The self finds articulation in not only in material things but also the metaphors and narratives related to intersubjective social life. Fields of memory and experience are created like a web through materiality. In Lehrer`s self, Fleur-de-lis an icon of purity leads to student experiemtenation in art and life. Giving way to fascination of Persian patterns, this was arguably a period of existentialism for Lehrer. Subsequently, part of The Fall of Icarus Peter Brueghel the Elder, 1558. Here Lehrer expresses visually, by being close with Anna-Katrina how he felt her raw will to live-expressed similarly by the framed electronic heart-beat, but never reached as, she did, the sun.

Birth of Venus & Barcarole
There is an innocence about these pieces. The name The Birth of Venus, a painting by Sandro Botticelli 1485–1486 is not strictly classical in form. It is a presentiment of Mannerism-a favored style throughout Lehrer`s work. In Barcarole The water layered upon one another is arguably self-reflexive. In that, wisdom of survival, takes water-like pliancy and anonymity. That the waters are from Venitian canals in both Barcarole and Venus permits a peek into the history of Venice as an international trading port for art in the 15th Century, where it was a time of great occidental and oriental exchange. This is indeed intristic to Lehrer`s conceptual and artistic maturation.

Anna Katrina Entering Heaven
Anna-Katrina Entering Heaven is a deeply personal depiction of Lehrer`s daughter entering heaven. Based upon The Burial of Count Orgaz, by El Greco, in Lehrer`s print Anna-Katrina`s soul is being assisted in its ascent by an angel. It is the archangel Gabriel from Pontormo`s Annunciation. The emphasis of pathos is powerful for the closing moments of her life. This Giorgione like emotion is both poignant languid. Poignancy for that concentrated anticipation frozen in time depicted through computerized records of her fading heartbeat, languid through that sense of continuity to infinity on the horizon. Anna-Katrina`s infinite presence becomes embodied within the angels from Mannerist (Renaissance-Baroque style) of the 15th-16th century that become a leitmotif throughout Lehrer`s work. Through the visual arts Anna-Katrina lives eternal and it is this very medium that first breathed exuberance of life into Lehrer. There is a full circle. There are subtle representations of Judaism within this piece. Part of the Jewish faith believes that life is about embracing suffering and that people will find divine redemption in heaven. His daughter through her transformation into an angel embodies this divine redemption.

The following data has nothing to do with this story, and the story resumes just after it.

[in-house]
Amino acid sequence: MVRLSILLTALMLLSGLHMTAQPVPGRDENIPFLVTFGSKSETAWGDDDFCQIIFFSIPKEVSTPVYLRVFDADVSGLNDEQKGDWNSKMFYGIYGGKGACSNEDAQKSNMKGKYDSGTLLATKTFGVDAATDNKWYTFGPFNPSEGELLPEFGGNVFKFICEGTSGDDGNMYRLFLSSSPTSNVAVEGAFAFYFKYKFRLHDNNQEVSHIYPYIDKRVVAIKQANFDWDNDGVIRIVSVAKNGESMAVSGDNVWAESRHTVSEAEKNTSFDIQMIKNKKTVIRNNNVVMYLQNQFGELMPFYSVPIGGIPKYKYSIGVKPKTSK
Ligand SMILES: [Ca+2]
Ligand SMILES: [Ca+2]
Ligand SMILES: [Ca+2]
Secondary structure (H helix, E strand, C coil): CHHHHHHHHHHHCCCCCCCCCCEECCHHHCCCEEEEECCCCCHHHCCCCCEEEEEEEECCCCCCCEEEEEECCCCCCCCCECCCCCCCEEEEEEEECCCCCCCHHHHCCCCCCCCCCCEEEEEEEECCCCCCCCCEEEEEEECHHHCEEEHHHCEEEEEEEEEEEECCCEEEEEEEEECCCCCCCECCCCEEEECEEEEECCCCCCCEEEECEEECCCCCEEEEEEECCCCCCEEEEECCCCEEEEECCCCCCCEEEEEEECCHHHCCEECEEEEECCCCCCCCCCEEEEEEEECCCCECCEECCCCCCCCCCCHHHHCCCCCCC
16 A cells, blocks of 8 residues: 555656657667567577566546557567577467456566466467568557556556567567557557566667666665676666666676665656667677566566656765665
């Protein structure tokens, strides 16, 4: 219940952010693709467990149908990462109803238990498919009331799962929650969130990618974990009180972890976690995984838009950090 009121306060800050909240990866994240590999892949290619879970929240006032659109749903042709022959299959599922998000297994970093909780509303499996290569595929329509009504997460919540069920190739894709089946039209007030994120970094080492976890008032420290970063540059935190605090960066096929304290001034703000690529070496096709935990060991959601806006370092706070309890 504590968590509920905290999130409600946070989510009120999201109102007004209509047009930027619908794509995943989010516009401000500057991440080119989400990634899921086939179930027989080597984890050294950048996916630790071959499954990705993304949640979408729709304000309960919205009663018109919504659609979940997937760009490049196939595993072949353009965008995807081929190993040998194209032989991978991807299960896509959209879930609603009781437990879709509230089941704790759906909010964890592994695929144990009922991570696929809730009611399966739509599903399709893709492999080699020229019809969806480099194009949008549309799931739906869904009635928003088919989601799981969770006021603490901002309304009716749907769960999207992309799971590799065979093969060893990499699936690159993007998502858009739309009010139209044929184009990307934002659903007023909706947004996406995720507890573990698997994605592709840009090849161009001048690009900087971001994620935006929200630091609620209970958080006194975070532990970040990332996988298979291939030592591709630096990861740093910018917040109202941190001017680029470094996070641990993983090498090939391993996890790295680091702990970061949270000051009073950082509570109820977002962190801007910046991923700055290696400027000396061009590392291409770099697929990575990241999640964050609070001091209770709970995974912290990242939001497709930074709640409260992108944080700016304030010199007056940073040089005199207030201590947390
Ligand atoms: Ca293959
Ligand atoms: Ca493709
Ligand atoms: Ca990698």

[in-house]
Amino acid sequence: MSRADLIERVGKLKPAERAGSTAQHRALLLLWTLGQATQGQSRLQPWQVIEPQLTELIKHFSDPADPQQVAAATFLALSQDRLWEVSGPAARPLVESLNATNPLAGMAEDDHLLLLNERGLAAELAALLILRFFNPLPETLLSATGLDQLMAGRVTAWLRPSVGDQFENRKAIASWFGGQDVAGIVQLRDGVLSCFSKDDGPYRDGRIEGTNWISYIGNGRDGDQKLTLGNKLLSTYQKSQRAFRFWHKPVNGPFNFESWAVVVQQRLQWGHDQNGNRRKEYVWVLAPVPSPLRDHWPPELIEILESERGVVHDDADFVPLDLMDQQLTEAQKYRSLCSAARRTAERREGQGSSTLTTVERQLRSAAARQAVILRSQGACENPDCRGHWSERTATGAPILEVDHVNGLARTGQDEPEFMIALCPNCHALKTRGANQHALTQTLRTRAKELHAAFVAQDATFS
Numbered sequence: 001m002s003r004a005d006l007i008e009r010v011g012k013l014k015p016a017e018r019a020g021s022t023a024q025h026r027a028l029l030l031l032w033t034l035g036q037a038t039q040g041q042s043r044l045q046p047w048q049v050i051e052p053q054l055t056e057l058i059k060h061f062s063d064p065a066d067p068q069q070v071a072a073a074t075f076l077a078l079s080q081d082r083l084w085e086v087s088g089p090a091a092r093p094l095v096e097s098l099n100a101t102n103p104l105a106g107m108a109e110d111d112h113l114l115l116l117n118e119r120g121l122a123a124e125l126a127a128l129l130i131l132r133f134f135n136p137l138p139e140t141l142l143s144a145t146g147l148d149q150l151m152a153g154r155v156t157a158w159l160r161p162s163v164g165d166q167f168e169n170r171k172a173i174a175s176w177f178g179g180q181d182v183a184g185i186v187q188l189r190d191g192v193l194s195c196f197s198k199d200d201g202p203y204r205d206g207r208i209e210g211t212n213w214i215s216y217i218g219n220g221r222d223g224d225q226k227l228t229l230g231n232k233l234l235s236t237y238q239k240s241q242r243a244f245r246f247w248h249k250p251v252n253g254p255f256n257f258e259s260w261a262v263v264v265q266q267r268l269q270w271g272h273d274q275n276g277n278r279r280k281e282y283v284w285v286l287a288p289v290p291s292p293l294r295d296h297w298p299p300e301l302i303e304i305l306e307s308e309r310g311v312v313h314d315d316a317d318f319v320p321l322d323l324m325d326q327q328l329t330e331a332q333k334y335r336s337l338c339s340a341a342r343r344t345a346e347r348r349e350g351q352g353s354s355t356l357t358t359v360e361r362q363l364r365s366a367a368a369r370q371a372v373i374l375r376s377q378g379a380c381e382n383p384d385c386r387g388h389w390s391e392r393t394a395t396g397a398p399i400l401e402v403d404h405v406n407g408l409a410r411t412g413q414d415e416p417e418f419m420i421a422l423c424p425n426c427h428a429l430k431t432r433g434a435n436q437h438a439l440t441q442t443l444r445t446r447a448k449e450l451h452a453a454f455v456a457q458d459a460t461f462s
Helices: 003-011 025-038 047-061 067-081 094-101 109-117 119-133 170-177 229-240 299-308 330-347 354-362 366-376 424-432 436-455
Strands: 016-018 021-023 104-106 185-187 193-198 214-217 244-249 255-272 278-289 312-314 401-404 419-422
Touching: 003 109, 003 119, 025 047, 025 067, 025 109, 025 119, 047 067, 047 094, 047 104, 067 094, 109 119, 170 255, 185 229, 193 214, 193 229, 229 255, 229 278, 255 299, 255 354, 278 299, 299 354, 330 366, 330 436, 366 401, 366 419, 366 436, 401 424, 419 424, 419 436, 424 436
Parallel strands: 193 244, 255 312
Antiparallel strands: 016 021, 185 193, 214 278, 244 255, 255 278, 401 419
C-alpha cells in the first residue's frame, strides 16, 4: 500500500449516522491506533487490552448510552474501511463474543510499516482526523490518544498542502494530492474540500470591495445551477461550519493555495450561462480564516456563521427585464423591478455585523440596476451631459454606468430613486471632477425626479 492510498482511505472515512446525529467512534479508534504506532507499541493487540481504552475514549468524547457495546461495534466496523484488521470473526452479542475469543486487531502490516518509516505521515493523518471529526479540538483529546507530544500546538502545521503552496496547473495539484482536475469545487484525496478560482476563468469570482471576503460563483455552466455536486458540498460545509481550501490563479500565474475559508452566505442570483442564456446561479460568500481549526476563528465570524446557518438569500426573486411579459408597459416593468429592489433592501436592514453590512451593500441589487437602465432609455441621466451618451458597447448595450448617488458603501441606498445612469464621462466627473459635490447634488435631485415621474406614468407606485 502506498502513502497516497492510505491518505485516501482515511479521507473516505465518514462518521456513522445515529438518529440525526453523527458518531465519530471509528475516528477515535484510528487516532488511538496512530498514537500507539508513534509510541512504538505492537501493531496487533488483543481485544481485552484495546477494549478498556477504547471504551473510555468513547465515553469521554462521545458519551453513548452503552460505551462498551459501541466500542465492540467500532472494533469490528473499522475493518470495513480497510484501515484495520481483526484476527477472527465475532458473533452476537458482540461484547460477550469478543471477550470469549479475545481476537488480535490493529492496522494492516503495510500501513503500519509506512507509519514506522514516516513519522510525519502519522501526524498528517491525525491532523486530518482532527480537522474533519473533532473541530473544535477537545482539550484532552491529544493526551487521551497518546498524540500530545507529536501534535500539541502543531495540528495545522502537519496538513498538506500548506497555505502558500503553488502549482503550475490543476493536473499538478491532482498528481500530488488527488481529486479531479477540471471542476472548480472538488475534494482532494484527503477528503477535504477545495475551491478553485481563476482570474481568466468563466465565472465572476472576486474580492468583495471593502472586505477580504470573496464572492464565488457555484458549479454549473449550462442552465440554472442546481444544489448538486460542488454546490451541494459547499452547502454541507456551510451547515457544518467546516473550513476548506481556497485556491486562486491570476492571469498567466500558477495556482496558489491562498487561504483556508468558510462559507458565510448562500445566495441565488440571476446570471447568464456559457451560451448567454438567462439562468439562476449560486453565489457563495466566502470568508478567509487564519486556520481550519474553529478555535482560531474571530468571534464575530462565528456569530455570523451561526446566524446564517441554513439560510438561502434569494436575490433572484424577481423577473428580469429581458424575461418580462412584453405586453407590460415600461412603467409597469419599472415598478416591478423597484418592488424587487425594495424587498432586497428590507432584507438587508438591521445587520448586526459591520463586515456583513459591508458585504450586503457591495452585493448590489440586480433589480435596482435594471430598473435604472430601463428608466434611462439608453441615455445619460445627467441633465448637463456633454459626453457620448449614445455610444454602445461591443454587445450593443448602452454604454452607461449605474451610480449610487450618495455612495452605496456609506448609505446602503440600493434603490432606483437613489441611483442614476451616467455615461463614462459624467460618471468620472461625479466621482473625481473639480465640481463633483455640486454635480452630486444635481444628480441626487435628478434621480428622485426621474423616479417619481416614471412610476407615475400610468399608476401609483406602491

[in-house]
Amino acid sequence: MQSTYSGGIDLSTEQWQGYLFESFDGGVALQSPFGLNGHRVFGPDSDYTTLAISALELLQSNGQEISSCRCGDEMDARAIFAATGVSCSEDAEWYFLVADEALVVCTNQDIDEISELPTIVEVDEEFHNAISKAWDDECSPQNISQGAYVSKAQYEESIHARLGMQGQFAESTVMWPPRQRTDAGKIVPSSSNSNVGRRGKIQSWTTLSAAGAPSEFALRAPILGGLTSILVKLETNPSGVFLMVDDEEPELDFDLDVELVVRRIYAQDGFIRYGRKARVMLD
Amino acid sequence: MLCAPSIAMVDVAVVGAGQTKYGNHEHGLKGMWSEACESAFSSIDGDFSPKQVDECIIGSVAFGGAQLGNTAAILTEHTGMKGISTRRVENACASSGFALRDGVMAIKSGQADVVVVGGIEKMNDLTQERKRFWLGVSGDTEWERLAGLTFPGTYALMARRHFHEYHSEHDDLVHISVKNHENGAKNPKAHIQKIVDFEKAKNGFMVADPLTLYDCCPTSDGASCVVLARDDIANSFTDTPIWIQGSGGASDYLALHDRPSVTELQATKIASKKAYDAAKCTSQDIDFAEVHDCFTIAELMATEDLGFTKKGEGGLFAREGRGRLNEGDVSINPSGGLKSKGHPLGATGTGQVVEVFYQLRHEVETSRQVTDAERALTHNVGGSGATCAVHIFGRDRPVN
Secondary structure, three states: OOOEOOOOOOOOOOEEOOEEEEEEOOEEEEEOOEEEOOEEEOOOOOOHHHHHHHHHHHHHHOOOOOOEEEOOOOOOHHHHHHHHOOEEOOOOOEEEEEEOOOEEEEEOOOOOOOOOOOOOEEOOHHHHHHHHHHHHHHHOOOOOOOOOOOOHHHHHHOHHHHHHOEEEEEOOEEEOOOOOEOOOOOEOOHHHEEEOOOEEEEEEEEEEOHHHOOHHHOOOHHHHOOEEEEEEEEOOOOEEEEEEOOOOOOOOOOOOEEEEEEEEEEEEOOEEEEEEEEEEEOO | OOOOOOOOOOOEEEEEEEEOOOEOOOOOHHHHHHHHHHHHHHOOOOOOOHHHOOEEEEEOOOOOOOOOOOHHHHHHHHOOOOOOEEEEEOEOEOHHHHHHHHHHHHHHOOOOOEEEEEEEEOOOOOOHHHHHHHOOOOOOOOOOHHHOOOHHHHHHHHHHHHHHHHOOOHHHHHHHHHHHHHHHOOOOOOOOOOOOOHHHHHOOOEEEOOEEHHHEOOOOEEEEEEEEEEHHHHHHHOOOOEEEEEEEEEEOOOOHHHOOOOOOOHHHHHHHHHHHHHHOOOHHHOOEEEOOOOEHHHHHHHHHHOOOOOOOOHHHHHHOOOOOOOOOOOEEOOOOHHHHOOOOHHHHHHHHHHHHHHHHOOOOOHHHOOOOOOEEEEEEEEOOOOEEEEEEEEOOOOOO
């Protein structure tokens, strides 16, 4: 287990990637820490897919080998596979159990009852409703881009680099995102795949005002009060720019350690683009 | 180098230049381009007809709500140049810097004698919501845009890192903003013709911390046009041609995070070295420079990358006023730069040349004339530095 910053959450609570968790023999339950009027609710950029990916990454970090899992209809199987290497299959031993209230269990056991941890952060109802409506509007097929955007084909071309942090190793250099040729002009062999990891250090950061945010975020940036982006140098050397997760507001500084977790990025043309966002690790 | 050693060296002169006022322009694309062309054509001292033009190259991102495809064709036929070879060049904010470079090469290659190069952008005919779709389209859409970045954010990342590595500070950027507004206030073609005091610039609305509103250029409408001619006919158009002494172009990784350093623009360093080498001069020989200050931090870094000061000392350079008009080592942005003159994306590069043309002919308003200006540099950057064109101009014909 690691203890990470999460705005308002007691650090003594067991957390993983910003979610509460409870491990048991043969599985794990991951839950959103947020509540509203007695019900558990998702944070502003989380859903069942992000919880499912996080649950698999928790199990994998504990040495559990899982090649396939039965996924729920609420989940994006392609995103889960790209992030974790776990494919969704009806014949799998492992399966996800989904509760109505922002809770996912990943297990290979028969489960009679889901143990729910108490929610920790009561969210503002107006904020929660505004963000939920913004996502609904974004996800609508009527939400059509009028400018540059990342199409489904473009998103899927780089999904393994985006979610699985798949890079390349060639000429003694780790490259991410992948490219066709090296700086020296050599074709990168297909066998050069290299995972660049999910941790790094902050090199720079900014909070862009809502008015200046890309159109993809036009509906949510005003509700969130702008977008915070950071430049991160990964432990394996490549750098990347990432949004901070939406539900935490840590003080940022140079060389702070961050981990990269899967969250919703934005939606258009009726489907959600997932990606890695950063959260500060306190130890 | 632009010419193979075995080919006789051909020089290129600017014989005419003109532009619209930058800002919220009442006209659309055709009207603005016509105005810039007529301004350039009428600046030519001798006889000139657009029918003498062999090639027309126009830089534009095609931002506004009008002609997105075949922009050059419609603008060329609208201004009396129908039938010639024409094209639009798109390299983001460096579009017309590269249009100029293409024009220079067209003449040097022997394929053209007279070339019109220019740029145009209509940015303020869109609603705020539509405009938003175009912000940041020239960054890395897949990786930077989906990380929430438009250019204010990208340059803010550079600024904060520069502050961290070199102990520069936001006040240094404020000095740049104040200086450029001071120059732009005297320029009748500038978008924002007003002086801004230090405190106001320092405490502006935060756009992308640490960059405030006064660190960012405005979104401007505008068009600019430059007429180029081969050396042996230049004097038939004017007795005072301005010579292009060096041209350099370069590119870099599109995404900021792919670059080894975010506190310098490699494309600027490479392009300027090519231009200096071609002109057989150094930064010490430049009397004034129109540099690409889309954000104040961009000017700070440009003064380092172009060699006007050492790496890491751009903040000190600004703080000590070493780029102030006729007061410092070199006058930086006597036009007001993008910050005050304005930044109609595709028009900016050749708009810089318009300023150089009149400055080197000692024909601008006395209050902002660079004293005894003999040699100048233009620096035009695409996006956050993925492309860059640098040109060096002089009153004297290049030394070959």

Kaddish denotes the Jewish rituals of mourning. The liturgy Kaddish is spoken in Aramaic, however, the complete Kaddish ends with a supplication for peace. This is in Hebrew and from the bible. The prayer, the Venetian canals bordering the print on the left and right, the presence of Anna-Katrina at the foot of the print and the remembrance of two hundred and four Jews that were deported from Venice and only eight returned from the death camps metonymically persist with Lehrer`s continual Jetzzeit This presence of now echoes Benjamin’s: “Don`t start with the good old things, but the bad new ones” (Benjamin:1940). It is through this choice of perhaps uncomfortable remembrance that time is redeemed and the messiah arrives. Growing up with the memory of Eastern European Jews being at the hands of a terrible fate in war, and Lehrer’s paternal family being among the fortunate to have been able to emigrate to the United States in the 1920’s, and the concurrent memory of his mother’s two sisters and their families, the only of her large family who survived the death camps, and who lived with the Lehrers as they later adjusted to their new lives and their new country. It was in Philadelphia as a young boy that Lehrer found his supreme choice of triumph over loss in sketching, drawing, painting and printmaking. Perhaps it is this personal past that is latent within his art - the essentiality to blast the past and the present into the future to redeem the victims from the past. The need to adjust, to mend, through attrition.

Lehrer`s work is of a deeply personal nature, but his gest is toward social issues. Gest used by is where all the components of an artistic piece contribute to elicit a social theme. Lehrer`s tableaux`s didactically condenses past, present and future revealing mediations on the structures of the artistic cannon, faith and morality, hope and the virtues of attrition.